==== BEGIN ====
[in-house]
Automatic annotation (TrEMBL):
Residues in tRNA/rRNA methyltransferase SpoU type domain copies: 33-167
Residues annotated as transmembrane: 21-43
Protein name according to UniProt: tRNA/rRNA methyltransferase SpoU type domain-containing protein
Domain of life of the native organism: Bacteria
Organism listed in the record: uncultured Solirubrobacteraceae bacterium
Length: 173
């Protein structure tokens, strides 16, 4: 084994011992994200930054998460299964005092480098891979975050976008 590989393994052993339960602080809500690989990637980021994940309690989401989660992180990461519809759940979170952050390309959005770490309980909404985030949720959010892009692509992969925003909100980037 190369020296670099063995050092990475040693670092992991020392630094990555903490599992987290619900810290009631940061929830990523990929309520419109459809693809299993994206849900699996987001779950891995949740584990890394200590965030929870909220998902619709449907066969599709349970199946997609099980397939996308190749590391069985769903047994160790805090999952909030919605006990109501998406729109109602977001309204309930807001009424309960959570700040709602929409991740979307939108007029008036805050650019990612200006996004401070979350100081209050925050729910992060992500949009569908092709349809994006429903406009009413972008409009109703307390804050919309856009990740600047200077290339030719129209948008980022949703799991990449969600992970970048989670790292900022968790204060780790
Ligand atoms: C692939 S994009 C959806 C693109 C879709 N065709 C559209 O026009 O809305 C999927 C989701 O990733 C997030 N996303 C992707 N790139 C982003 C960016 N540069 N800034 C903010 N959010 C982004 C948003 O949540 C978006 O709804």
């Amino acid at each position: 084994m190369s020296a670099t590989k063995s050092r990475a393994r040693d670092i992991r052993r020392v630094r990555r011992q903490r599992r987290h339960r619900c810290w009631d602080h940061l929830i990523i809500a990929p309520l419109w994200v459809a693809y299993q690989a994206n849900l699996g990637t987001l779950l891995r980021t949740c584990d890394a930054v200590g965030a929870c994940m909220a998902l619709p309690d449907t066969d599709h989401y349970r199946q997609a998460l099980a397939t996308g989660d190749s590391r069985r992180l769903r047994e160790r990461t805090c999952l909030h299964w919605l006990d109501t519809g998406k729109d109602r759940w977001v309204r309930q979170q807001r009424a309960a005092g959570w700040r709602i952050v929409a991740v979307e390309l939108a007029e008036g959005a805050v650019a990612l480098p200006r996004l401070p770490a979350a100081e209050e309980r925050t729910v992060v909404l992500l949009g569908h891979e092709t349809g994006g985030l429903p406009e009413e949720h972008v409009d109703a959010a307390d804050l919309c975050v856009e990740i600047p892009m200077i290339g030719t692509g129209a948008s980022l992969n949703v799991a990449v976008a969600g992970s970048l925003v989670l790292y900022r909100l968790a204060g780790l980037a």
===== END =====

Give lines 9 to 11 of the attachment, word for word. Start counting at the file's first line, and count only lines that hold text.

């Protein structure tokens, strides 16, 4: 084994011992994200930054998460299964005092480098891979975050976008 590989393994052993339960602080809500690989990637980021994940309690989401989660992180990461519809759940979170952050390309959005770490309980909404985030949720959010892009692509992969925003909100980037 190369020296670099063995050092990475040693670092992991020392630094990555903490599992987290619900810290009631940061929830990523990929309520419109459809693809299993994206849900699996987001779950891995949740584990890394200590965030929870909220998902619709449907066969599709349970199946997609099980397939996308190749590391069985769903047994160790805090999952909030919605006990109501998406729109109602977001309204309930807001009424309960959570700040709602929409991740979307939108007029008036805050650019990612200006996004401070979350100081209050925050729910992060992500949009569908092709349809994006429903406009009413972008409009109703307390804050919309856009990740600047200077290339030719129209948008980022949703799991990449969600992970970048989670790292900022968790204060780790
Ligand atoms: C692939 S994009 C959806 C693109 C879709 N065709 C559209 O026009 O809305 C999927 C989701 O990733 C997030 N996303 C992707 N790139 C982003 C960016 N540069 N800034 C903010 N959010 C982004 C948003 O949540 C978006 O709804």
């Amino acid at each position: 084994m190369s020296a670099t590989k063995s050092r990475a393994r040693d670092i992991r052993r020392v630094r990555r011992q903490r599992r987290h339960r619900c810290w009631d602080h940061l929830i990523i809500a990929p309520l419109w994200v459809a693809y299993q690989a994206n849900l699996g990637t987001l779950l891995r980021t949740c584990d890394a930054v200590g965030a929870c994940m909220a998902l619709p309690d449907t066969d599709h989401y349970r199946q997609a998460l099980a397939t996308g989660d190749s590391r069985r992180l769903r047994e160790r990461t805090c999952l909030h299964w919605l006990d109501t519809g998406k729109d109602r759940w977001v309204r309930q979170q807001r009424a309960a005092g959570w700040r709602i952050v929409a991740v979307e390309l939108a007029e008036g959005a805050v650019a990612l480098p200006r996004l401070p770490a979350a100081e209050e309980r925050t729910v992060v909404l992500l949009g569908h891979e092709t349809g994006g985030l429903p406009e009413e949720h972008v409009d109703a959010a307390d804050l919309c975050v856009e990740i600047p892009m200077i290339g030719t692509g129209a948008s980022l992969n949703v799991a990449v976008a969600g992970s970048l925003v989670l790292y900022r909100l968790a204060g780790l980037a």